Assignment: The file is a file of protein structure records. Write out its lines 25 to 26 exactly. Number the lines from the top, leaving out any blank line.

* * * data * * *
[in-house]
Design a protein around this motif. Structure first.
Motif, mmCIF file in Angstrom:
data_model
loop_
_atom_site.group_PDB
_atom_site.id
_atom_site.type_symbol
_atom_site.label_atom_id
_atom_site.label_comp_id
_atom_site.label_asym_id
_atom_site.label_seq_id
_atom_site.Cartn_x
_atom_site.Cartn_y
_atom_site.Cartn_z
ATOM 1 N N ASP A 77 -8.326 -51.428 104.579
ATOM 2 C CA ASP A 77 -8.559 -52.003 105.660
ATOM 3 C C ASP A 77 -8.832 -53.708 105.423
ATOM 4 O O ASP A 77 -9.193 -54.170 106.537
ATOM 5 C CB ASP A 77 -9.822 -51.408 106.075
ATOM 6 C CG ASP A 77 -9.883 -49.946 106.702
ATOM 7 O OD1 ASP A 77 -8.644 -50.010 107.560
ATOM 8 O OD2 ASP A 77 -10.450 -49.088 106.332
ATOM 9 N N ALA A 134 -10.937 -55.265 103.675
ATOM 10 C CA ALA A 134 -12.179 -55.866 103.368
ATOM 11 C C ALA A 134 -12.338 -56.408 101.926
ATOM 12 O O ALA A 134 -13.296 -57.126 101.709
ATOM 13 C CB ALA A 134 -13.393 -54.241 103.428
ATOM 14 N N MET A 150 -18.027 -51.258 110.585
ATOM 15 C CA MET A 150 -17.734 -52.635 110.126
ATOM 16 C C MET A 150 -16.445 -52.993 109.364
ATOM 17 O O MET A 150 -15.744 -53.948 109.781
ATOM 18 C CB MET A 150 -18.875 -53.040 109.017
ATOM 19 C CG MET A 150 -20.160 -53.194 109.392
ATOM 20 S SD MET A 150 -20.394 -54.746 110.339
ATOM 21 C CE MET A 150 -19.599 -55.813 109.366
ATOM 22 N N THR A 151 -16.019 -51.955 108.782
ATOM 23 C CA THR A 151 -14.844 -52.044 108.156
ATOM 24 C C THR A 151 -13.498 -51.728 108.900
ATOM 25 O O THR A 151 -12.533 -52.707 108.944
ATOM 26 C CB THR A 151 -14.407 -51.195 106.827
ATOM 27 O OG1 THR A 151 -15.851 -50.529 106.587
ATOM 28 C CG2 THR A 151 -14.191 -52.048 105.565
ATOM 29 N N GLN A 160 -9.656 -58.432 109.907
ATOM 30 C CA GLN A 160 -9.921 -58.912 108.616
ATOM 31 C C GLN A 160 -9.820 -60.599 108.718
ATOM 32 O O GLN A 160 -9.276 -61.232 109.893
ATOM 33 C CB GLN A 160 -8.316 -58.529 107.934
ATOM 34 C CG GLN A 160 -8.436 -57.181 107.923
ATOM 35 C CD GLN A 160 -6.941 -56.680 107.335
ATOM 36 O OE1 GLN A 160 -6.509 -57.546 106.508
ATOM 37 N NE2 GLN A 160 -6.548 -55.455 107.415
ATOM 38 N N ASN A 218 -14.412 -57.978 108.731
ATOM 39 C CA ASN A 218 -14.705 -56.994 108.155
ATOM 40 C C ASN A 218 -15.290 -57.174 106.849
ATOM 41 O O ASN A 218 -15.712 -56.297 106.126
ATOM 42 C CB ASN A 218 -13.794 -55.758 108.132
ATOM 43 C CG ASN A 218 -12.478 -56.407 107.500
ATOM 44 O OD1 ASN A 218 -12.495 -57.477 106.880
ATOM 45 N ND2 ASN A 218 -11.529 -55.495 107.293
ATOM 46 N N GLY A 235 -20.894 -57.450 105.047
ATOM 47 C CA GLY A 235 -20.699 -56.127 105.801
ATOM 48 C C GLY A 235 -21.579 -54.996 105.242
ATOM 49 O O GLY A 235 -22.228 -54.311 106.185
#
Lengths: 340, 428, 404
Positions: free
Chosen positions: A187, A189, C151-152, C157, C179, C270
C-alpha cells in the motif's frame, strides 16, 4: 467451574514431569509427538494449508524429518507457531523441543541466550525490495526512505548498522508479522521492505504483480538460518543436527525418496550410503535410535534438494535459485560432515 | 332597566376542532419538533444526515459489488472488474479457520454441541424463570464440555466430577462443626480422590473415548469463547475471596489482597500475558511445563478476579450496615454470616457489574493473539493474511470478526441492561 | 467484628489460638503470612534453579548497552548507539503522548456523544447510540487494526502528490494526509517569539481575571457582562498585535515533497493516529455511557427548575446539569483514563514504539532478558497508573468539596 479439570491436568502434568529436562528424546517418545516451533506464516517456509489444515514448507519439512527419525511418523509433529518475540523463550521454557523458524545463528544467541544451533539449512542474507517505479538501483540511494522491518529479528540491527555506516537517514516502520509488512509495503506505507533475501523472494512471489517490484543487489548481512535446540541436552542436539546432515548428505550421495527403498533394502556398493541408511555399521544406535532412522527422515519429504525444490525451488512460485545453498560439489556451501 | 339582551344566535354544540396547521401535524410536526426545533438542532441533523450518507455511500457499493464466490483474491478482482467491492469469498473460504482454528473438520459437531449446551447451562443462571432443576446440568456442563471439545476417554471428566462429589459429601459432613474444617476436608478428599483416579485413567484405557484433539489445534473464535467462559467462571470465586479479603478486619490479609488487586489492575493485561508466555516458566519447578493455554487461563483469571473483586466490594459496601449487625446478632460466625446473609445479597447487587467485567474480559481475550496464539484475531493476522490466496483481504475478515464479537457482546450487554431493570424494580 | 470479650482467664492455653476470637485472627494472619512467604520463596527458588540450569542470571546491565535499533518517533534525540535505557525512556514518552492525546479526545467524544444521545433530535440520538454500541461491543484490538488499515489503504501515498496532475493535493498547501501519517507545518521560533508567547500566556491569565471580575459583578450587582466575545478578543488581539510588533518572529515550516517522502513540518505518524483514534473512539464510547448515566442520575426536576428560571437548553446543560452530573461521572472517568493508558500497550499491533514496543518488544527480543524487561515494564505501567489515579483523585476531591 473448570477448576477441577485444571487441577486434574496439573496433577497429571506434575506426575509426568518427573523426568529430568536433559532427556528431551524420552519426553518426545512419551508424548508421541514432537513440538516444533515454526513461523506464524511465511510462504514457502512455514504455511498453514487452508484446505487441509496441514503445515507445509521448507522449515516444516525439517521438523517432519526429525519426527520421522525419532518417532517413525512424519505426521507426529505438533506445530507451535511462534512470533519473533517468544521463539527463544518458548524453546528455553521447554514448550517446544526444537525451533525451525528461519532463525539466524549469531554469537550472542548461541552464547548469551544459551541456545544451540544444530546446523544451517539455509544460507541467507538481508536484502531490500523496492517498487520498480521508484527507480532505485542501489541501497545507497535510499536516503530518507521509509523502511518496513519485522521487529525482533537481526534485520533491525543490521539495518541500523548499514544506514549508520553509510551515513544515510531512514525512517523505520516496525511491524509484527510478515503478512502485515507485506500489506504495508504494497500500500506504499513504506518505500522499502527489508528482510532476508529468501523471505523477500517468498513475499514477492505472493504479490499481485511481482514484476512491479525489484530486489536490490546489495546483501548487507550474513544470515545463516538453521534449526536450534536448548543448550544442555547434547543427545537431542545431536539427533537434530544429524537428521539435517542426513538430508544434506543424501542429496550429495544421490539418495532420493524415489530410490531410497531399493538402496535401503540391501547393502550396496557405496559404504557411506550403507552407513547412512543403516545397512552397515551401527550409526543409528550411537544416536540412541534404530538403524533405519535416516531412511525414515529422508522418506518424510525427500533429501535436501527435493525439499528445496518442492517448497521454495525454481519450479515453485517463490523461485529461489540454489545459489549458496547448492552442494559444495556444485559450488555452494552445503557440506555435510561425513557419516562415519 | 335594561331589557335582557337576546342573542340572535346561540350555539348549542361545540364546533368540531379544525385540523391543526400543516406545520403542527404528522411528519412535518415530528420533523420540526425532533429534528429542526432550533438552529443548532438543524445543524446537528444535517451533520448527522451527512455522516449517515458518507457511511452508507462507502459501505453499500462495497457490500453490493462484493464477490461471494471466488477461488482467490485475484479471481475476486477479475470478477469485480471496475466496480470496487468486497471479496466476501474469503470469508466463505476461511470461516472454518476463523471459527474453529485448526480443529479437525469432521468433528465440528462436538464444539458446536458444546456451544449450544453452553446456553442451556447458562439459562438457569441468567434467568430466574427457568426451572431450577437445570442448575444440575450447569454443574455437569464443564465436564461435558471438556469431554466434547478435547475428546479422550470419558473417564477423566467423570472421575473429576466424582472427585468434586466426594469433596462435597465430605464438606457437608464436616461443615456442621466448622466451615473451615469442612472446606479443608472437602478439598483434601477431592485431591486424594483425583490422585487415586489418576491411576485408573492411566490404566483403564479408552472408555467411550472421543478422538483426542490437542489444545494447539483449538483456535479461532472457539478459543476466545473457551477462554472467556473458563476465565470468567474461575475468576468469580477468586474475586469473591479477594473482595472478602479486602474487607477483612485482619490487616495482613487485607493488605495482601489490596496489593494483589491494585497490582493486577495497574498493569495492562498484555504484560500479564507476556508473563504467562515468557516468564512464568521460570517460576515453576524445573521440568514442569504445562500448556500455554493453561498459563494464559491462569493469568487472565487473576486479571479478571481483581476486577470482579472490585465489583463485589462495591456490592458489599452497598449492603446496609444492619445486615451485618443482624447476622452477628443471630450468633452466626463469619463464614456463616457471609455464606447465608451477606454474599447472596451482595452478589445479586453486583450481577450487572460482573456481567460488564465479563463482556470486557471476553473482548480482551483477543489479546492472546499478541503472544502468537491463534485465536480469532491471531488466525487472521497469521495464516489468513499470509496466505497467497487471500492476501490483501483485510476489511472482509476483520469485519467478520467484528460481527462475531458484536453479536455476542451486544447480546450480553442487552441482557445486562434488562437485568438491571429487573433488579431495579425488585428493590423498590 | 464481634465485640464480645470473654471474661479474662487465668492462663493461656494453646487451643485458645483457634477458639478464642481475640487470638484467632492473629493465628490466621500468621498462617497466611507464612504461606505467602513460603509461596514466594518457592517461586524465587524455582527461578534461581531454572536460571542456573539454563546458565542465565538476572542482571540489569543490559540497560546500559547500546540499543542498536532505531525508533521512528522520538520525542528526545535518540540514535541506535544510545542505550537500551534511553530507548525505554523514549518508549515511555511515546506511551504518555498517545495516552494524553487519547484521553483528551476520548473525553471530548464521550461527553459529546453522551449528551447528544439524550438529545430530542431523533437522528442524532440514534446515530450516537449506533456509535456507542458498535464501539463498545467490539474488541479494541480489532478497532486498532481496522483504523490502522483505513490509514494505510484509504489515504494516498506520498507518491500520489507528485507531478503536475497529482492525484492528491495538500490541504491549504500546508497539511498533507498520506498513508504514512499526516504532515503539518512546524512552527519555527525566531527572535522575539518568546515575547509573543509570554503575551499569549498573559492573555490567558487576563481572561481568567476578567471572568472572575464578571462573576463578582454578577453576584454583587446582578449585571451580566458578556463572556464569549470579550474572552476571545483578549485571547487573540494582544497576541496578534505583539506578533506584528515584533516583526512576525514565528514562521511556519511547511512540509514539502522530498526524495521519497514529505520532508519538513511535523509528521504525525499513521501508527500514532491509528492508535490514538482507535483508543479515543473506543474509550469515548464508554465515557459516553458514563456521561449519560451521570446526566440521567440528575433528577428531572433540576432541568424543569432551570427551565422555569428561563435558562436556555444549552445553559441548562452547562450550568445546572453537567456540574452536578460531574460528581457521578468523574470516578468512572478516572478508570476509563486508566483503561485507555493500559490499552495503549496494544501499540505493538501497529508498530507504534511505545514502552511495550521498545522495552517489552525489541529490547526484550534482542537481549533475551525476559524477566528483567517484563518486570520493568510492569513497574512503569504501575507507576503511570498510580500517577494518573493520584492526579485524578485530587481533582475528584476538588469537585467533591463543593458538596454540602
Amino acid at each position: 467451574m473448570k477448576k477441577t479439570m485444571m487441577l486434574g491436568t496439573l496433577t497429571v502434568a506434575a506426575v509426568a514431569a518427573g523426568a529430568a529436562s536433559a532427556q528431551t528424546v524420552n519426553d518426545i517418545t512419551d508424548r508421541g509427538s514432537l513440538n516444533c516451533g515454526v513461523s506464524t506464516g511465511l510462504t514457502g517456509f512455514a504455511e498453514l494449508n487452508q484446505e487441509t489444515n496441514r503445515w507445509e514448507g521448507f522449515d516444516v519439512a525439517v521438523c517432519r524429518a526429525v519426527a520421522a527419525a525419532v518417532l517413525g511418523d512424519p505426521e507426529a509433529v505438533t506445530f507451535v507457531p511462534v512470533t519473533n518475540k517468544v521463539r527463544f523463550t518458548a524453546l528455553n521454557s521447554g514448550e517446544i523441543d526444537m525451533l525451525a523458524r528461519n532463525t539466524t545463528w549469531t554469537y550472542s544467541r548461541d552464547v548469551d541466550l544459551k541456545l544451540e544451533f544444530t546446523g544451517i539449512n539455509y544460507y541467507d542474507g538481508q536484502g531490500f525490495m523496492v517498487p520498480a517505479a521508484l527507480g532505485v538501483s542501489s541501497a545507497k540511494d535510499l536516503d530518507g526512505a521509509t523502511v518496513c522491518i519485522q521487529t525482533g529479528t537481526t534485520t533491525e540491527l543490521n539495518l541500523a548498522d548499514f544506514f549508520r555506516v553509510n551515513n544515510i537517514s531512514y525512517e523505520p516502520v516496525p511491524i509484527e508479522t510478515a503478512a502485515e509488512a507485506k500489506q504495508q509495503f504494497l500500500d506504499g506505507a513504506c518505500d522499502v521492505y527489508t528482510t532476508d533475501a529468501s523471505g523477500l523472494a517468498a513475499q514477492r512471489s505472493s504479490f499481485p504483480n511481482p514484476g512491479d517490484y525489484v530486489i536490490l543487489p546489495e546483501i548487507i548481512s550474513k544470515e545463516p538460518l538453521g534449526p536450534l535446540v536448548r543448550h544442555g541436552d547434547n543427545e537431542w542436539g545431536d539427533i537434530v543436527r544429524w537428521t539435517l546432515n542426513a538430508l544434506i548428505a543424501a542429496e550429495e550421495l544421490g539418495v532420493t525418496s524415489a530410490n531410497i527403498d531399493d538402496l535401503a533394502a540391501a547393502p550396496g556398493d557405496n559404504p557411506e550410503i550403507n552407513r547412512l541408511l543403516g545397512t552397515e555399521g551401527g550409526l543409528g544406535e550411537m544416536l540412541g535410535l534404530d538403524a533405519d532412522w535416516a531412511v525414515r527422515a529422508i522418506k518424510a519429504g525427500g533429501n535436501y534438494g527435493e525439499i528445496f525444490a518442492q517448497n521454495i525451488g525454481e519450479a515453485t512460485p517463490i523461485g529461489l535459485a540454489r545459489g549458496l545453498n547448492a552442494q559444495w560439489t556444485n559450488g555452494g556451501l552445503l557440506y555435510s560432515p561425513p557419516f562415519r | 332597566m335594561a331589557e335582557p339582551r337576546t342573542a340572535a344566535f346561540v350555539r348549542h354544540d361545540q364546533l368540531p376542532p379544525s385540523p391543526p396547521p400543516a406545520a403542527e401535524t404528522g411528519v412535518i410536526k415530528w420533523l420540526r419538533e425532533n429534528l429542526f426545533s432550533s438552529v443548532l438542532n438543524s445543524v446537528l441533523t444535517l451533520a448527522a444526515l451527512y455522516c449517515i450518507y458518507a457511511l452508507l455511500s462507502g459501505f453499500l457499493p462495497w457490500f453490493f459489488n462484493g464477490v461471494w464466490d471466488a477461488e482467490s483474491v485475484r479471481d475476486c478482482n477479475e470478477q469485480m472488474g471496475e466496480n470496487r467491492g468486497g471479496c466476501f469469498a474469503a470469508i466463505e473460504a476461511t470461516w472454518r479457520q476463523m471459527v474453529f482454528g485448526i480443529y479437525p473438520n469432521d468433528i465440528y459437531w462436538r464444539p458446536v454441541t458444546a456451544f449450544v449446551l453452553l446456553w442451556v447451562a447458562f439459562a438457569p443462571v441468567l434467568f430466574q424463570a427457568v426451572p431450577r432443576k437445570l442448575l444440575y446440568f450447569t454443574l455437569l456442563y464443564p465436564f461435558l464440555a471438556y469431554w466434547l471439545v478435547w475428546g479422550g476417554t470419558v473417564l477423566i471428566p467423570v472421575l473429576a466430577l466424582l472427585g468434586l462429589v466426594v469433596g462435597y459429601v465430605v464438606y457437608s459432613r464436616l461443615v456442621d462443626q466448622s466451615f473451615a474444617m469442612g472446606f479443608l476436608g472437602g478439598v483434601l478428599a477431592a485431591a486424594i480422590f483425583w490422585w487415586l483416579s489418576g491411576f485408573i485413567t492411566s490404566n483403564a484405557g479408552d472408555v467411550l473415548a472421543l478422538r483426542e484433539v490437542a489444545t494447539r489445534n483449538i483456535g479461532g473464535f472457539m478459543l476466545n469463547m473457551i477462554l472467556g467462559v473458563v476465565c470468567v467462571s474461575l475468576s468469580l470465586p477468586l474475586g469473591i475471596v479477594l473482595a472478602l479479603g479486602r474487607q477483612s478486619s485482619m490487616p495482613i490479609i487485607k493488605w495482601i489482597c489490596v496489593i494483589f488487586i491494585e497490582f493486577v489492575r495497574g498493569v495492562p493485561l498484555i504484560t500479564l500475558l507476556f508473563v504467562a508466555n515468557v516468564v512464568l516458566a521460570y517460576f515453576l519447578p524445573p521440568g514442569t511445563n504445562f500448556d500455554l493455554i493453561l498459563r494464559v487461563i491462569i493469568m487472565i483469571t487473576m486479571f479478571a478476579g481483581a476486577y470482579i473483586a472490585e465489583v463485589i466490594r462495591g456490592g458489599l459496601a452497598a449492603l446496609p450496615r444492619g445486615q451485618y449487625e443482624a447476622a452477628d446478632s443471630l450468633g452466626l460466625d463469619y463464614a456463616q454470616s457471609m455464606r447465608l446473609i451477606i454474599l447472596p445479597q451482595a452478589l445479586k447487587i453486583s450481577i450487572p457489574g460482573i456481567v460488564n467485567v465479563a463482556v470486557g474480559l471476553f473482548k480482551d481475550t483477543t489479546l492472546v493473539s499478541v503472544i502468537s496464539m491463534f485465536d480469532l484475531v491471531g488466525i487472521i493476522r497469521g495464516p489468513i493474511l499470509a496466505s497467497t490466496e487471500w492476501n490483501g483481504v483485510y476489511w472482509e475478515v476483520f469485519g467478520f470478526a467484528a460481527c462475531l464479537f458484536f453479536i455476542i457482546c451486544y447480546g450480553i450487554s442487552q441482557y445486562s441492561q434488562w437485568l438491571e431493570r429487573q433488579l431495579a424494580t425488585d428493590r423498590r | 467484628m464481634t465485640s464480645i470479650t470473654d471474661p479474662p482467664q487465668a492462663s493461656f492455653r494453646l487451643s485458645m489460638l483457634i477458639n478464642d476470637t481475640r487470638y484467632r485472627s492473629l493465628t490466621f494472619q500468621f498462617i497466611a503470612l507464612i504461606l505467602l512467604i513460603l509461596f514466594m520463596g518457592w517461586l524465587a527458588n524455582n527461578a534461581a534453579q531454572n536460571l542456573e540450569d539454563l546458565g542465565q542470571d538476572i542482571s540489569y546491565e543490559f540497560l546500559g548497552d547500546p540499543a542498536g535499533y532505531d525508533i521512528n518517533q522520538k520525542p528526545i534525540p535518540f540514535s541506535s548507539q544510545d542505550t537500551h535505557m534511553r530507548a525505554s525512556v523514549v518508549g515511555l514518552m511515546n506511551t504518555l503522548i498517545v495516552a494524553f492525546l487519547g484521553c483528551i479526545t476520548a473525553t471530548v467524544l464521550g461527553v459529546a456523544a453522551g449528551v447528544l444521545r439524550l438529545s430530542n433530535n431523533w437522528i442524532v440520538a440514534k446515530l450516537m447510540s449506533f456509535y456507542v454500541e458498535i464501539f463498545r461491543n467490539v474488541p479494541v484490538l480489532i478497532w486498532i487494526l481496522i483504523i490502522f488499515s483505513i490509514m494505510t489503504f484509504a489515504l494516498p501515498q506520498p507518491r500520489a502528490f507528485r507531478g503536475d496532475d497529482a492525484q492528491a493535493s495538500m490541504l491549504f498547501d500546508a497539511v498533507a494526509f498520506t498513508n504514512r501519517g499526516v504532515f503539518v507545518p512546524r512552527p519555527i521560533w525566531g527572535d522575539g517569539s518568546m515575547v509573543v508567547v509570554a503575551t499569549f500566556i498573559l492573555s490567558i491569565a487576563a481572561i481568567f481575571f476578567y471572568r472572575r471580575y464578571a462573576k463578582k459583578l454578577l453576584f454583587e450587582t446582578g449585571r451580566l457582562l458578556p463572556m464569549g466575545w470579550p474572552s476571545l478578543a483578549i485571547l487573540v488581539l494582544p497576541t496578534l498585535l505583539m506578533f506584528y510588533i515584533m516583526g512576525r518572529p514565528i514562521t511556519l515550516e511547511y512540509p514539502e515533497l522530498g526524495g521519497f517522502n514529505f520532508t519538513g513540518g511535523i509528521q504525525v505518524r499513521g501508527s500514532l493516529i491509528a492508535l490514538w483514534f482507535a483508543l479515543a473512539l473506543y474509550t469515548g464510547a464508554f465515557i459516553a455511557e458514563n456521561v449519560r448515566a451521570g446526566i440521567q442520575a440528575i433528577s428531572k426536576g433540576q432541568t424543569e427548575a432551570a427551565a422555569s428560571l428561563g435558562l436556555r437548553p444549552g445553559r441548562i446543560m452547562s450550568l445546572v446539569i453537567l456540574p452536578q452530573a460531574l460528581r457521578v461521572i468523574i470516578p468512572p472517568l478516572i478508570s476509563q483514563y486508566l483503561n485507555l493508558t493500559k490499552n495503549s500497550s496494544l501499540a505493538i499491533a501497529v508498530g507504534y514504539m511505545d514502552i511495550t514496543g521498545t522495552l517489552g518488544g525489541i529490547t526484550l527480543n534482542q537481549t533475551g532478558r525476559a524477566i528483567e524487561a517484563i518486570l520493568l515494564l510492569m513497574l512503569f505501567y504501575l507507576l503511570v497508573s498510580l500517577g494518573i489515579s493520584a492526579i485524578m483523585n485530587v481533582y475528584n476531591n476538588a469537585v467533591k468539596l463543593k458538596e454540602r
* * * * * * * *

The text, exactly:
ATOM 10 C CA ALA A 134 -12.179 -55.866 103.368
ATOM 11 C C ALA A 134 -12.338 -56.408 101.926